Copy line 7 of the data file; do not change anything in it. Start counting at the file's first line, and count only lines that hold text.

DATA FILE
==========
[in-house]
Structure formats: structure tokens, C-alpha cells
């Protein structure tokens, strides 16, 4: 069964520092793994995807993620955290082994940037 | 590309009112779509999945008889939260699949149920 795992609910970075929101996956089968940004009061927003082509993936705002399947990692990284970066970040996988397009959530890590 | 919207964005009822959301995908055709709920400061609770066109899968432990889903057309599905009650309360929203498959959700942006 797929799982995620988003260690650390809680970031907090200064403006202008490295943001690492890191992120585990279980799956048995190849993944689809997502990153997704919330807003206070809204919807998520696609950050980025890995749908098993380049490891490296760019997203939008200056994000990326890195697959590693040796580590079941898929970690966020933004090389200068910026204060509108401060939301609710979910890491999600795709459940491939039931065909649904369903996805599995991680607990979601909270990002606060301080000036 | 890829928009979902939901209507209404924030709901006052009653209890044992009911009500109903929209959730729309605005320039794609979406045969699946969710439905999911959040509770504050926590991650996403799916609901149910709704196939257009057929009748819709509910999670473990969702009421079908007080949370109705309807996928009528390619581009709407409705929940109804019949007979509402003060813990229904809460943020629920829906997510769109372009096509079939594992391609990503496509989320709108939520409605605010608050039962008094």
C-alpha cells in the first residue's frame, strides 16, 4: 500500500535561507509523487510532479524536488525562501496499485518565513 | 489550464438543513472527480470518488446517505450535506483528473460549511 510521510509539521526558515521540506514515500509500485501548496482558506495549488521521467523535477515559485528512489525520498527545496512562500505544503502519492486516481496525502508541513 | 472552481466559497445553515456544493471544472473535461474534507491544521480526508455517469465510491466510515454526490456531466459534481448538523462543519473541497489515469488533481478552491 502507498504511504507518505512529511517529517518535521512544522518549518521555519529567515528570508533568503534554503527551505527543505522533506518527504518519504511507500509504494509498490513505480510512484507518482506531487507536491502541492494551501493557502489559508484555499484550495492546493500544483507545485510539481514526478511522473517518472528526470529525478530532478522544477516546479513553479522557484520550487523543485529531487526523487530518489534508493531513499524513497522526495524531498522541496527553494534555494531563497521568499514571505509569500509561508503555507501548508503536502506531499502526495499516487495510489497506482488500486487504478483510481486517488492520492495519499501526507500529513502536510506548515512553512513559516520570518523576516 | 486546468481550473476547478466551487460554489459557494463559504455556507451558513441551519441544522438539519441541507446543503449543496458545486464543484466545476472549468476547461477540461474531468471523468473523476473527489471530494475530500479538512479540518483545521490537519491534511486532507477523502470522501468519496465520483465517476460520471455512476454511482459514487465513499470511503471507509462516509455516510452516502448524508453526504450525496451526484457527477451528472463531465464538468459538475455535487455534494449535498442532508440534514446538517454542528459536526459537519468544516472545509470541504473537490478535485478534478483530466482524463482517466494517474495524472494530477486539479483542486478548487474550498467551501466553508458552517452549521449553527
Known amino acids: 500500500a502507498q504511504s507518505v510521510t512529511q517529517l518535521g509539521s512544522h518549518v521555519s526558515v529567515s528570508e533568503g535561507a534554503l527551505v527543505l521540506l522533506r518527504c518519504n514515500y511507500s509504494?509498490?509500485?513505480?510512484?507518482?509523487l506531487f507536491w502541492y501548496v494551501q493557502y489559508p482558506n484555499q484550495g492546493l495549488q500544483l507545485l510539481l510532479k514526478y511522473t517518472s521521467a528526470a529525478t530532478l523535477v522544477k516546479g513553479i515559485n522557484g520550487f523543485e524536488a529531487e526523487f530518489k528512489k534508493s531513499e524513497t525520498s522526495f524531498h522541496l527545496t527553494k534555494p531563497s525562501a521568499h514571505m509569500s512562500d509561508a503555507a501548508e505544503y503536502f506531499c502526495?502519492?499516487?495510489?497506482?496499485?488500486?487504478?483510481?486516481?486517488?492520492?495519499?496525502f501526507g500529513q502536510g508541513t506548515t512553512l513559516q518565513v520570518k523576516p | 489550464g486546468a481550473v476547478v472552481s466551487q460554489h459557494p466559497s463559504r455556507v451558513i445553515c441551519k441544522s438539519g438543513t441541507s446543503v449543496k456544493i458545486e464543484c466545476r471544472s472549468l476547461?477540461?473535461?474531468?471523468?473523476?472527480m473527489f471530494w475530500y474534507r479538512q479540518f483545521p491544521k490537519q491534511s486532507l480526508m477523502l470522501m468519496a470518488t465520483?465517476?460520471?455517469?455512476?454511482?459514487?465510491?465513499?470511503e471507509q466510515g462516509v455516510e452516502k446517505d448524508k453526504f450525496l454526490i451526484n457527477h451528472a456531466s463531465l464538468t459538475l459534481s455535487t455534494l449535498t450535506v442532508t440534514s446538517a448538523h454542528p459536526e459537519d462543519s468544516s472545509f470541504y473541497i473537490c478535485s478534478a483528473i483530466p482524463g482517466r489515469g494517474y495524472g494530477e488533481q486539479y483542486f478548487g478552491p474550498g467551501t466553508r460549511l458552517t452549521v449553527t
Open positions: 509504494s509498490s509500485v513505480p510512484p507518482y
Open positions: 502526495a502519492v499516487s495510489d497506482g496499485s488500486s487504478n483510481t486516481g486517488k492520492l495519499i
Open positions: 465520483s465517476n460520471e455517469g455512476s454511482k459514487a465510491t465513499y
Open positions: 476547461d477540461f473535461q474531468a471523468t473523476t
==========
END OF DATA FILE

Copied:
Open positions: 502526495a502519492v499516487s495510489d497506482g496499485s488500486s487504478n483510481t486516481g486517488k492520492l495519499i